A potential humanitarian and environmental time-bomb is sitting just of the Red Sea coast of Yemen - and is receiving bizarrely little global attention and interest: The FSO SAFER is a 45-year-old, 1200 foot tanker attached to a 272 mile pipeline. It holds over a million barrels of crude oil - and it is falling apart. If it does, the resulting oil spill will be four times the size of the Exxon spill in 1989. CMEC director, Charlotte Leslie talks to maritime security expert, Dr. Ian Ralby, of I.R. Consilium, about this impending disaster and what we can do about it.
Since 2015, Yemen has been mired in one of the worst civil wars of the 21st century. The humanitarian cost is horrifying. Famine is rife, aid struggles to reach those who need it, and Covid-19 exacerbates this living nightmare. The death toll is already in six figures and continues to climb.
The complexity and horror of the civil war was born from a popular desire for change during the Arab Spring in 2011. Amidst the uprising, Yemen's fragmented groups competed to further their own goals. Amongst these different groups, which also include jihadists and Yemen's southern separatists, are the Houthis - a Shi’a minority from Northern Yemen who lead the challenge against the internationally recognised government of President Hadi.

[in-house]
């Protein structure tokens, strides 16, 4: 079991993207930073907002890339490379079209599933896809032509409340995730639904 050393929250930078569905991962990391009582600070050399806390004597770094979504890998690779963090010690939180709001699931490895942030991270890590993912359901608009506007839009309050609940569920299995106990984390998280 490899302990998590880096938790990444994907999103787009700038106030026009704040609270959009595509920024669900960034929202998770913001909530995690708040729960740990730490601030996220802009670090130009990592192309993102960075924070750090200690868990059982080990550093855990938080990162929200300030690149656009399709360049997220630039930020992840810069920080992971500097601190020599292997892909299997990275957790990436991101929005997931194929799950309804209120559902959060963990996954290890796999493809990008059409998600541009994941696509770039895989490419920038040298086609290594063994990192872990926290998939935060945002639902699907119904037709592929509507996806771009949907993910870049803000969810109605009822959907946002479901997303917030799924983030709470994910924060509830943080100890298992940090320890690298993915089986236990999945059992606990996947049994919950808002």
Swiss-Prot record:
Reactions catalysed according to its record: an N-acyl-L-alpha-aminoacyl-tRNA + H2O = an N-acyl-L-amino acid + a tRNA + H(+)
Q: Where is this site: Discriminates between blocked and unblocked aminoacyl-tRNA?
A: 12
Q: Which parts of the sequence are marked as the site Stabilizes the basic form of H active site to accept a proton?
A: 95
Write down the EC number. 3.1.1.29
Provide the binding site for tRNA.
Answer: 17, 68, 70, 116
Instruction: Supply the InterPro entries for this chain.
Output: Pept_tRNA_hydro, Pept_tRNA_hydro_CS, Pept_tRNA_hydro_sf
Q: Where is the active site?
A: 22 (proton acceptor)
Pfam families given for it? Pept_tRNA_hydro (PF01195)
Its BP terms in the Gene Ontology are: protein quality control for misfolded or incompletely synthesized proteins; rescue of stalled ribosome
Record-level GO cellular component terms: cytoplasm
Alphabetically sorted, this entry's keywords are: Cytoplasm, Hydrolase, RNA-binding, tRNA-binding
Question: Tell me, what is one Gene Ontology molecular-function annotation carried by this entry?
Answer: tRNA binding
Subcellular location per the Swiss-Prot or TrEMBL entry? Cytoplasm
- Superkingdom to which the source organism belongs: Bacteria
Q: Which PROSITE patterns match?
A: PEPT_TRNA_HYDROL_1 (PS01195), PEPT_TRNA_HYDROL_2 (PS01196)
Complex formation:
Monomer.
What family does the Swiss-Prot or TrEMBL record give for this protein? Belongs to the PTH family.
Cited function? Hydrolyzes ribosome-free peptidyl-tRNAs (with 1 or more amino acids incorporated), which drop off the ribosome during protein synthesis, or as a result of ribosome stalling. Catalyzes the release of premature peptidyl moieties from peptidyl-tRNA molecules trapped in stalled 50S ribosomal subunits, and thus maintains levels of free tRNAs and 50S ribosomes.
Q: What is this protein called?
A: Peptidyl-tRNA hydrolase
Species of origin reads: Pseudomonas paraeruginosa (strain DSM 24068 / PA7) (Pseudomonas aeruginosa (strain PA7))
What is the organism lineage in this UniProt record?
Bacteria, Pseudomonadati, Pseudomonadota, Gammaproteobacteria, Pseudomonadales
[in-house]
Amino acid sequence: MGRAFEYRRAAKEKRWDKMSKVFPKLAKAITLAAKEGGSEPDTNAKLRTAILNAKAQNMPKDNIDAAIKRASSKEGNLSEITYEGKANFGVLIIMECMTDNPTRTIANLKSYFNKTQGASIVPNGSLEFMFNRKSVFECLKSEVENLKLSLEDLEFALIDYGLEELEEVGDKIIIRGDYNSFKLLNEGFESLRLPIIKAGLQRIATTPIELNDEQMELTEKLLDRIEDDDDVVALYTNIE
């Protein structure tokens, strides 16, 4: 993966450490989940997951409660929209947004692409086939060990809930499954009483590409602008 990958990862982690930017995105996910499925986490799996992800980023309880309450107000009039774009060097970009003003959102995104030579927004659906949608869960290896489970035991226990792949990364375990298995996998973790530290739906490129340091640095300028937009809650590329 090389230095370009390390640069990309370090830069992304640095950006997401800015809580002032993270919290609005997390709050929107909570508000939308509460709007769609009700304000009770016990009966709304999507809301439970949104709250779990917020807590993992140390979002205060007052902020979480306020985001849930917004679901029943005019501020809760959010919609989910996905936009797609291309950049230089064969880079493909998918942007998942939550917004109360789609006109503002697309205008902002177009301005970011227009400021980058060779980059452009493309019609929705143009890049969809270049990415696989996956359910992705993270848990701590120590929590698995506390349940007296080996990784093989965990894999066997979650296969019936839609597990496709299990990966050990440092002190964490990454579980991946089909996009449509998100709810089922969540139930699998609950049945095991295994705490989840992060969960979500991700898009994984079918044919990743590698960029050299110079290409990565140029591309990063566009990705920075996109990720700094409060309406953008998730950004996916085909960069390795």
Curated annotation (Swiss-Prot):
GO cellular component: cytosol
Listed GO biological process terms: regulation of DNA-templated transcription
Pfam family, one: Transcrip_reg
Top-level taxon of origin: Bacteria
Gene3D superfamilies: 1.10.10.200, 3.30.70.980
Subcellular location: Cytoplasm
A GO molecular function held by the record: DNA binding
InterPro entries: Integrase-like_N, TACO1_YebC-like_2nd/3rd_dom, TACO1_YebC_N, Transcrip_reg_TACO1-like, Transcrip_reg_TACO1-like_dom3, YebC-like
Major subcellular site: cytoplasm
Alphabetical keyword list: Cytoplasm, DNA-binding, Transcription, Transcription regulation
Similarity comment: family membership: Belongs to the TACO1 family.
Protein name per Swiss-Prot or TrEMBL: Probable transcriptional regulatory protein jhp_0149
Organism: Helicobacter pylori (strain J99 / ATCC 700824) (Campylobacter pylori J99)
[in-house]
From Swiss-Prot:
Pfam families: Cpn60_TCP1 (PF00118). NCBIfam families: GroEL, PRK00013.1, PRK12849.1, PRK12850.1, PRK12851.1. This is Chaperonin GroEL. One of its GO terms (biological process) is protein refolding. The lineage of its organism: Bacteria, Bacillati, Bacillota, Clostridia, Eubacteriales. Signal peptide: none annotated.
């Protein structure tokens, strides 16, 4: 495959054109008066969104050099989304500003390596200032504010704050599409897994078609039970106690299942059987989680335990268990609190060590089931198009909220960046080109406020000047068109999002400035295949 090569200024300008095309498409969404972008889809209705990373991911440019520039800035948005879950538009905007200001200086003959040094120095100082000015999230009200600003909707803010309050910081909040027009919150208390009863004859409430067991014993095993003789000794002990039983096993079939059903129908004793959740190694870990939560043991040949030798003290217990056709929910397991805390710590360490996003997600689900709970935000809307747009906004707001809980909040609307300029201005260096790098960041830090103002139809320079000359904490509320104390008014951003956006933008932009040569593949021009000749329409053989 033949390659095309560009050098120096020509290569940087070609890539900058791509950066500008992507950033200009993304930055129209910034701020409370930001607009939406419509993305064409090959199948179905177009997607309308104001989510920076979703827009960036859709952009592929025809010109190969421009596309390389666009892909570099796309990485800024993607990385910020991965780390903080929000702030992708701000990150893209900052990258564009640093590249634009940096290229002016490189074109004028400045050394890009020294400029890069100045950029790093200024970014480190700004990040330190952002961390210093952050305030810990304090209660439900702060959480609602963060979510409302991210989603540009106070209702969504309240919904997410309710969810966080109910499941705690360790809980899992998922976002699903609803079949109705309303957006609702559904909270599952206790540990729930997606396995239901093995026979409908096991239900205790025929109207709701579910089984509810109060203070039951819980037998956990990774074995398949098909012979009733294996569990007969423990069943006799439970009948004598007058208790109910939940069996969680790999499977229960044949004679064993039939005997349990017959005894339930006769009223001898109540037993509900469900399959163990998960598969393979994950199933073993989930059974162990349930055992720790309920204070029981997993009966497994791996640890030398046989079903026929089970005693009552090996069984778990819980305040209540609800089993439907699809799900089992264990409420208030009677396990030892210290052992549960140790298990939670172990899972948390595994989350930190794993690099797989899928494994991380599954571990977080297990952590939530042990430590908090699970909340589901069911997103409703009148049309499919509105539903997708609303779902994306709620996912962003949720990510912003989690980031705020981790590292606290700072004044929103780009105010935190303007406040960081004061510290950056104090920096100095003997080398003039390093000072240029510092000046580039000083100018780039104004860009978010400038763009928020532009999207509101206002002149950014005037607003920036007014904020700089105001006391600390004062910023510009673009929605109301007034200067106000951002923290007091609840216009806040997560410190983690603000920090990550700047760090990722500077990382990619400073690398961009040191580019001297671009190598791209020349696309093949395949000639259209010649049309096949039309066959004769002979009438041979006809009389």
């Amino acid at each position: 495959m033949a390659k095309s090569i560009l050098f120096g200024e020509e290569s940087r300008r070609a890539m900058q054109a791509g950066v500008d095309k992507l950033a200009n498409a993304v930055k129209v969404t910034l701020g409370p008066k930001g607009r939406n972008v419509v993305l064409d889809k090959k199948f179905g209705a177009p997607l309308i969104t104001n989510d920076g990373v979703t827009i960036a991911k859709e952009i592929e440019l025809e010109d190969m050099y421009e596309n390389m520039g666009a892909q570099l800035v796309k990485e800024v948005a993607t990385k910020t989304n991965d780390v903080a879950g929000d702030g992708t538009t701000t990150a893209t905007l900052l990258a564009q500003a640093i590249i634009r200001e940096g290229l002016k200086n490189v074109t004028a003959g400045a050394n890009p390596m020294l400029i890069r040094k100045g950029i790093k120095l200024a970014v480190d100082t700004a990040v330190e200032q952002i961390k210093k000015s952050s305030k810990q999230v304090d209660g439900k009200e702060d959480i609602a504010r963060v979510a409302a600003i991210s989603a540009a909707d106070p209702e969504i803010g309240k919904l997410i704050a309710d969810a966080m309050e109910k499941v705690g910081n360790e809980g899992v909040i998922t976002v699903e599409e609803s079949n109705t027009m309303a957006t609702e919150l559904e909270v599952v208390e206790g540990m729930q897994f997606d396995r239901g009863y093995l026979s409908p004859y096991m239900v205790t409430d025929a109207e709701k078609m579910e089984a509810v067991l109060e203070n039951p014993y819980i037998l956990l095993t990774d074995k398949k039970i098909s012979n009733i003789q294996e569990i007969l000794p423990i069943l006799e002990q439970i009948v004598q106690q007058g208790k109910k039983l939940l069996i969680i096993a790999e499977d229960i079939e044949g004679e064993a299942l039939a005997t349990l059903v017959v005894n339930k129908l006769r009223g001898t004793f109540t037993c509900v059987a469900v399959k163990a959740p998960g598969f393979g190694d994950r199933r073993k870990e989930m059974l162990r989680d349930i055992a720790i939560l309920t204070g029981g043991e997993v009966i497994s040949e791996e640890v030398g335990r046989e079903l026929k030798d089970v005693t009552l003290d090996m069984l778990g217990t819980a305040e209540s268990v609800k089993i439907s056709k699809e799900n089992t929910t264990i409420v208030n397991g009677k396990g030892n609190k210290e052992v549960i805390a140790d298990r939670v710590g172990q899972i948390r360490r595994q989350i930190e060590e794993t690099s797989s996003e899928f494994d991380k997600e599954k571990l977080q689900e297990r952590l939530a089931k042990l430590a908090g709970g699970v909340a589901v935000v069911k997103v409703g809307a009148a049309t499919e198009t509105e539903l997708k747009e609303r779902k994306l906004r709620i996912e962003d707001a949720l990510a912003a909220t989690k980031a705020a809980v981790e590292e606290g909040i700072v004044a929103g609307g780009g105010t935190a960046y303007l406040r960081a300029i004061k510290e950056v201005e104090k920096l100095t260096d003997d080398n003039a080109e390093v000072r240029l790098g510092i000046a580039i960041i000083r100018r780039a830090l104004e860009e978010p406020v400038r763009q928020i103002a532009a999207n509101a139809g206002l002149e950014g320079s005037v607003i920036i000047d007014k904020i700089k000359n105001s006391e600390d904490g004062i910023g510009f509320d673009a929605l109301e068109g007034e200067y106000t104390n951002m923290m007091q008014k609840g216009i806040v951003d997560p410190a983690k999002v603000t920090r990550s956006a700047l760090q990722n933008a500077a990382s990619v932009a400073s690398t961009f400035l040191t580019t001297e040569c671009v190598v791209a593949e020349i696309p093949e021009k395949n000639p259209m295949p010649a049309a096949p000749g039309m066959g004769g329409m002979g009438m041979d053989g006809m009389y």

The impending catastrophe of the FSO SAFER sits amidst this conflict. In many ways it embodies the conflict. Access to the SAFER and the waters in which it sits belong to the Houthis. The FSO SAFER itself, and the oil on board belongs to a company owned by the government of President Hadi.
Will the international community be able to break this deadlock? Will it finally gain safe access to the vessel to remove the oil from the disintegrating FSO SAFER? Will it prevent an oil-spill that would result in a humanitarian crisis and environmental disaster that would be felt around the world? Listen to the podcast HERE
Photo Credits: All images supplied to I.R. Consilium and printed with permission from the original photographers and copyright owners. The only editing has been to remove markings that might endanger the original source.
1. Deck of the FSO SAFER, indicating the lack of basic maintenance for several years, leading to incidental smaller spills.
( Date – February or April 2019)
2. A view of the external piping system and the hose failure that led to a spill on 22 April 2019
(Date: 22 April 2019)